Travel and tourism reporter Leigh Guidry and her family continue their mission to see all 21 Louisiana state parks with a very cold visit to Fontainebleau State Park on Sunday. You can follow along on Instagram at @thedailyadvertiser or at theadvertiser.com. Leigh Guidry/USA Today Network
In 2008, the stock market took a significant correction. Senior citizens, retirees, and those who were about to retire moved much of their money, if not all, out of the market and into a safer investment vehicle, such as a fixed income or bank account.
Now that there is tremendous growth in the market, those same people are eager to reap the benefits of market growth as quickly as possible. If you are one of them and want to move all of your money, en masse, into a stock account there are some cautions that need to be considered.
The stock market is a roller coaster. It goes up and down, sometimes with huge swings such as what is happening in the market now and what happened in 2008. As the market goes up, everyone with a retirement account or investment account which invests in the stock market is extremely happy.
But the market does go down.
If Congress changes the tax law, if there is political uncertainty, or if the economy cools off there could be a general downturn in stock returns. The returns we are currently seeing will be reduced and, along with that, a reduction in the value of the investment account.
Nevertheless, we all want our money to grow. Over the last 30 years, the stock market had the greatest growth potential. To take advantage of this growth potential without exposing your money to a significant market correction, investors are encouraged to do dollar cost averaging.
This method of investing recommends that investors move incremental amounts of money from a fixed interest account into the stock market. This can be done monthly, annually or at any designated interval of the investor’s choosing. At any point in time, the investor can choose against moving any further money into the market. The overall effect is that some money stays in the fixed account and remains safe from market swings while the money moved grows as the market grows.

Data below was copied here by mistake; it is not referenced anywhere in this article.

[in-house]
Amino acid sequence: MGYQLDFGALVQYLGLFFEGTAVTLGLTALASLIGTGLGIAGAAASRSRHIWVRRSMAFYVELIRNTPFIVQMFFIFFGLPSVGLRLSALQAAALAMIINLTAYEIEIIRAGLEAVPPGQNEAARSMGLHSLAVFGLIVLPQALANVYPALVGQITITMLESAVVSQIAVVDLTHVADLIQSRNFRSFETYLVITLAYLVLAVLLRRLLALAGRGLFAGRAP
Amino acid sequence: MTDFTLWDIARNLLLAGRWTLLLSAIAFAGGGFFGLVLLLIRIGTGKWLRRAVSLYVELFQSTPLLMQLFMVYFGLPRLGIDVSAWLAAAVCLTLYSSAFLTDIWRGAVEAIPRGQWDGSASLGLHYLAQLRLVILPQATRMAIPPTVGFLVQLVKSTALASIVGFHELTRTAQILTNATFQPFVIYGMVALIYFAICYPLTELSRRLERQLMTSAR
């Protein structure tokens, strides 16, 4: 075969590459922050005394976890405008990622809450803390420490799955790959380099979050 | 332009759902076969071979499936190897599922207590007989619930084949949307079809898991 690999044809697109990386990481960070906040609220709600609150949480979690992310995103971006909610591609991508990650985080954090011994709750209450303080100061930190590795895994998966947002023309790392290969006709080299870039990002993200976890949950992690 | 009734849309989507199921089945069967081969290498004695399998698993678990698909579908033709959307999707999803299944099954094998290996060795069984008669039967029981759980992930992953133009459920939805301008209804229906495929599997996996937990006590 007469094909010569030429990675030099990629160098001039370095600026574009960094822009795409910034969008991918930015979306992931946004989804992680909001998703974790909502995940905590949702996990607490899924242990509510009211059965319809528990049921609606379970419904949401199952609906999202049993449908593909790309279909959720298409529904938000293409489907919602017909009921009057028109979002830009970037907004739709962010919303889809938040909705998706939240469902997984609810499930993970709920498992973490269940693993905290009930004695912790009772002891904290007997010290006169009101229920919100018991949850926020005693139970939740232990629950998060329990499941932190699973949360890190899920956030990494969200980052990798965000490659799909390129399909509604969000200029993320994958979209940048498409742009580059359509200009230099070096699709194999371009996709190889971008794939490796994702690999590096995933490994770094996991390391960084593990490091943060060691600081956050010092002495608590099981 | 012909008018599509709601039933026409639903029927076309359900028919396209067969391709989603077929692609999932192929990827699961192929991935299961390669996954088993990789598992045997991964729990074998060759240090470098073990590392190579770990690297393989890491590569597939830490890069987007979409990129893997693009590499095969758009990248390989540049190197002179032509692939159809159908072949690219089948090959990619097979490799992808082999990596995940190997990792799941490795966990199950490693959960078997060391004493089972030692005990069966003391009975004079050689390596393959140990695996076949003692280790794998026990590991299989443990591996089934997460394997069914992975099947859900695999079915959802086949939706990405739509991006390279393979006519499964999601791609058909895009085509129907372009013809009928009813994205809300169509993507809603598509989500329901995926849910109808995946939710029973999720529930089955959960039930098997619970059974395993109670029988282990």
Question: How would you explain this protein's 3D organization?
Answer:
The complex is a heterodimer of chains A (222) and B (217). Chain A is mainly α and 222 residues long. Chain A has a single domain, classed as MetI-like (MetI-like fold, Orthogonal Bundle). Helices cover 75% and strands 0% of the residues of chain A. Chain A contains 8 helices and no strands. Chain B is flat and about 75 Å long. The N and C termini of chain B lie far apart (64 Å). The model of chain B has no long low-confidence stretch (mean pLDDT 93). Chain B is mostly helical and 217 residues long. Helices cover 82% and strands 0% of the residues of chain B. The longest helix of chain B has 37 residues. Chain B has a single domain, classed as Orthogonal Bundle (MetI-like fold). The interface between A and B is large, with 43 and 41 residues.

If the market has a correction, only some of the principal of the retirement account is at risk. As someone who is retired or about to retire, there is minimal opportunity to recoup your investment dollars if the market does indeed correct once you have reentered the market, so this method protects much of your investment money.
Another alternative is to move your money into a balanced or “growth and income” mutual fund. Part of the dollars are invested in the stock market but other dollars are invested for safety, preservation of principal, and income generation. This type of mutual fund offers a little of everything to the retired investor. If you choose this path, make sure that you use a quality mutual fund that has a reputation for smart money management. If you are looking for this type of investment and are unsure which fund companies have a solid reputation for fiscal responsibility, a good financial planner can help.
Moving your money from safety to risk can be scary for many people. However, when done right, the investor reaps the benefit of growth while preserving the principal he or she has acquired over a lifetime of work.
Mary Fox Luquette, MBA, CLU, ChFC is a finance instructor in the BI Moody III College of Business at the University of Louisiana at Lafayette.
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